Crosby goal gives Penguins OT win in New York
NEW YORK — Coming into this season, having their previous two playoff runs ended by the same air-tight team, the Penguins had a New York Rangers problem.
Now, the Rangers might have a Penguins problem.
Sidney Crosby scored with 29.5 seconds left in overtime to give the Penguins a 3-2 victory Sunday night at Madison Square Garden.
The Penguins have won three in a row against the Rangers and have inched within three points of them in the race for second place in the Metropolitan Division, a spot that comes with home-ice advantage in a first-round series.
“Mentally, it's nice to get those wins,” goalie Marc-Andre Fleury said. “They've had our number in the playoffs the last two seasons. It's good to get a few.”
Kris Letang, who set up Crosby's overtime goal, said he doesn't think it's an accident that the Penguins have had success against the Rangers lately.
He said it's because of a trait that has defined the Penguins in the second half of the season.
“Speed. I think our No. 1 quality is speed,” Letang said. “We have these young guys in the lineup that can really wheel.”
Another quality is resilience.
The Penguins came back from a one-goal deficit twice in regulation before coming up with a different kind of resilience in overtime.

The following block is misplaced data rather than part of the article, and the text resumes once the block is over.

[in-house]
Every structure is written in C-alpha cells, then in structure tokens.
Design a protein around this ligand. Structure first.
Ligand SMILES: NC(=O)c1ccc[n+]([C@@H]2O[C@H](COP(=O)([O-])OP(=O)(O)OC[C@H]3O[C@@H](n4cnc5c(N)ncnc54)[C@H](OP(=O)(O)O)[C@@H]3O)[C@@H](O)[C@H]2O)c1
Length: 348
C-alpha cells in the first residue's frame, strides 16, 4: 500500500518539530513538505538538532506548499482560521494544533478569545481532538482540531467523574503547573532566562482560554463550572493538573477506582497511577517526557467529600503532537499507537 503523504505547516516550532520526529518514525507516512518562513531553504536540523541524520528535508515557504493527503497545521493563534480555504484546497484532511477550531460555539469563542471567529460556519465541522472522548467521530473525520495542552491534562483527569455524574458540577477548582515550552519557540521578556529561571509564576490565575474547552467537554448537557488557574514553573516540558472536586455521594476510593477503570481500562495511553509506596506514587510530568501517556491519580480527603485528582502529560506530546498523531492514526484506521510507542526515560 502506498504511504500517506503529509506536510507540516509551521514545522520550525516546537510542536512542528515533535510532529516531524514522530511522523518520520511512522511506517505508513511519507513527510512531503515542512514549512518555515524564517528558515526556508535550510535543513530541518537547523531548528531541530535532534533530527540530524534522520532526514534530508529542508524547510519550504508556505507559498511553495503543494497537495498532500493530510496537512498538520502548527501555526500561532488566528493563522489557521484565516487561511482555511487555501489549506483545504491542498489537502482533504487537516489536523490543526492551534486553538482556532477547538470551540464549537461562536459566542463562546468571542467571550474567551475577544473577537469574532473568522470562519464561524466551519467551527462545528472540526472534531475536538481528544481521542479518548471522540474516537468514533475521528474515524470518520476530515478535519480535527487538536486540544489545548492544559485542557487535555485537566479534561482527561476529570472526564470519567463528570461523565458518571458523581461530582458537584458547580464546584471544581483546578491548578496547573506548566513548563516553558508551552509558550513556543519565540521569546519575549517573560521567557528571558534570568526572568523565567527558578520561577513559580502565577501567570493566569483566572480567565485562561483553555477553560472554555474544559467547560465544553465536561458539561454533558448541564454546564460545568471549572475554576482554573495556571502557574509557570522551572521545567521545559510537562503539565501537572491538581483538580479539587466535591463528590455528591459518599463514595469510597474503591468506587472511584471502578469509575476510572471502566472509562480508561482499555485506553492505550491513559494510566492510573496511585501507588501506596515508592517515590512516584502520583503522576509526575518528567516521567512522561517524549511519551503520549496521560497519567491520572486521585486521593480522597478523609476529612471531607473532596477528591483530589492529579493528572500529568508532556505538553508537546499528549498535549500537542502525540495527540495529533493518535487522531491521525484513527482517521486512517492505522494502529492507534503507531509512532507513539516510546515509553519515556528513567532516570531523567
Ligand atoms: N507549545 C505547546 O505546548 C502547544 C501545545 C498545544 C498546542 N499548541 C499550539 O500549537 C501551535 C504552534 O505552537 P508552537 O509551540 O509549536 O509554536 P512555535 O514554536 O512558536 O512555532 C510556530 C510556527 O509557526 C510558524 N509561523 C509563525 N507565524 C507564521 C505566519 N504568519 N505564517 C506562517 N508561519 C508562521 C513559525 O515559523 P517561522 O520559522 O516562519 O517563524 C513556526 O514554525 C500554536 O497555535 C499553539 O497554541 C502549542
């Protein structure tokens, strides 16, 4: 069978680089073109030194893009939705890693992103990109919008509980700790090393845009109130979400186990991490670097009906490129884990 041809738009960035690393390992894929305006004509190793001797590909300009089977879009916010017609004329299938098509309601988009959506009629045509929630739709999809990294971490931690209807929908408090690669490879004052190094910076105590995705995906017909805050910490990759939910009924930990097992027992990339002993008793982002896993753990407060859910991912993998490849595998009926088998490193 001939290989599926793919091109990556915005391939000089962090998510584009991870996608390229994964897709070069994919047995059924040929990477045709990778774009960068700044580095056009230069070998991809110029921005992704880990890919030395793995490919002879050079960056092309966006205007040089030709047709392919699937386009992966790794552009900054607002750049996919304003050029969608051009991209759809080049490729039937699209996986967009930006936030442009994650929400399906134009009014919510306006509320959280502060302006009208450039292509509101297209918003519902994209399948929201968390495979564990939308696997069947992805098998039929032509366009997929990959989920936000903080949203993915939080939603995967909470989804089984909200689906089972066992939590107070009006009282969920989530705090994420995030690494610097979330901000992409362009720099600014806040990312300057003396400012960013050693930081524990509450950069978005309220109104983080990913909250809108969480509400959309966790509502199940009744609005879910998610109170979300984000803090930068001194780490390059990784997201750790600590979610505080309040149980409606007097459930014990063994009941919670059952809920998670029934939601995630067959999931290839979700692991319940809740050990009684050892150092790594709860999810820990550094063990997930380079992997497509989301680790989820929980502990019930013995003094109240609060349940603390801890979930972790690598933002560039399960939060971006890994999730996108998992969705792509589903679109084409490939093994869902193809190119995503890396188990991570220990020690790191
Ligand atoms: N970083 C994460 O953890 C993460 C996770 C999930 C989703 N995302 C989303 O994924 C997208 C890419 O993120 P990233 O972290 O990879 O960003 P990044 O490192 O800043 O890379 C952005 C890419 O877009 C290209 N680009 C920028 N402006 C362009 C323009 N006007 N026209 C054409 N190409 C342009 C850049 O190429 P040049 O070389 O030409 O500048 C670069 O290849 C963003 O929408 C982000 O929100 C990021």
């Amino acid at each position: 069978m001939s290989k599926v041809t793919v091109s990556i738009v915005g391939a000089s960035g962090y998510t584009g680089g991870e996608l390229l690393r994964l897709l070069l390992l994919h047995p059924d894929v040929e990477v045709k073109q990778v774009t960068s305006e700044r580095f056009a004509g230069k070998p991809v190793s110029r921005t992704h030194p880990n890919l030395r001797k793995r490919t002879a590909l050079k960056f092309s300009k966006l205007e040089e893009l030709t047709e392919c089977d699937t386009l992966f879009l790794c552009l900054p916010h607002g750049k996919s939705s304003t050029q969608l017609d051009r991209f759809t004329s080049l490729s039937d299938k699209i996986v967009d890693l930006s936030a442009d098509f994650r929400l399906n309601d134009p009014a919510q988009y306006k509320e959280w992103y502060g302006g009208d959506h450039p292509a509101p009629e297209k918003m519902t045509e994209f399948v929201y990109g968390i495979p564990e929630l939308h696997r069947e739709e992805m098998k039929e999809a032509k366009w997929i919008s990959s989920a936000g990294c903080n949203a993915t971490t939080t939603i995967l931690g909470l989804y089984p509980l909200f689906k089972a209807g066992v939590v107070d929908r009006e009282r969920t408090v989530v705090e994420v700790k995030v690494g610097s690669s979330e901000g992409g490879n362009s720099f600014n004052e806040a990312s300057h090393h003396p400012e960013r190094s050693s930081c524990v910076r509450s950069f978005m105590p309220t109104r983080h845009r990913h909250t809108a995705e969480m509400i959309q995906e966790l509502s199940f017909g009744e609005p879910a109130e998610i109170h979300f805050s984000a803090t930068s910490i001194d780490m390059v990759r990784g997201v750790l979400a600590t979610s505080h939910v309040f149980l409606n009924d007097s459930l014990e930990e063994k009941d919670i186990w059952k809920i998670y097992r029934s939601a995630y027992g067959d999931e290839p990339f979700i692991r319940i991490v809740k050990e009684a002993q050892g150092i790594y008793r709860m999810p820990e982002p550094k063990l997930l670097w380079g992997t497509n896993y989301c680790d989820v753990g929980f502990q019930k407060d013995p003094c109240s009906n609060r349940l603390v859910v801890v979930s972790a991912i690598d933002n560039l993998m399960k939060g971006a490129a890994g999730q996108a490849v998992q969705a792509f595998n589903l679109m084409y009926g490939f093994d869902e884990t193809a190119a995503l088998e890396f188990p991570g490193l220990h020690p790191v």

The Penguins began the extra period on a power play after Derick Brassard was called for high-sticking Ben Lovejoy in the final seconds of regulation.
The Penguins didn't cash in on the four-on-three advantage, which could have swung momentum in favor of the Rangers.
Instead, the Penguins persevered. Coach Mike Sullivan called a timeout in the final minute to rest his players, especially Letang, who was on the ice for the bulk of the extra five minutes.
“We were trying to get those guys on the ice one more time,” Sullivan said. “We think they give us the best chance to win.”
Seconds after the timeout, Letang shot from the blue line, and Crosby tipped it in.
“It was a good play by Tanger just to throw it in an area where I could tip it,” Crosby said.
The early part of the game featured multiple momentum swings.
The Rangers took an early lead when Eric Staal got a step on Trevor Daley and, with one hand on his stick, swept a Kevin Hayes pass in past Fleury.
The Penguins answered thanks in large part to a play by Derrick Pouliot, who had missed the previous 10 games as a healthy scratch.
From his spot on the left point, he called for a pass from Daley from the opposite point, took two strides toward the net and fired a shot that Matt Cullen tipped past Henrik Lundqvist and into the net.
The Rangers retook the lead early in the second period. After clearing attempts by Tom Kuhnhackl and Bryan Rust failed, a puck squirted to Staal for a one-time blast from the right faceoff dot for his second goal of the game.
The Penguins tied the score again when Carl Hagelin made his countryman and former teammate Lundqvist pay for a stickhandling mistake behind the net.
Hagelin picked up a turned-over puck in the left wing corner and sent a shot on net. Phil Kessel swooped in and lifted a rebound under the crossbar on his backhand.
It was an exclamation point on a big weekend for Kessel, who had a goal and four assists the day before in Detroit. He spearheaded some dangerous shifts by the second line and hit the crossbar with a second-period wrist shot so violent that it shook the net.
“Phil is getting his legs lately,” Letang said. “I think when he gets his nose in there, that's when he's at his best.”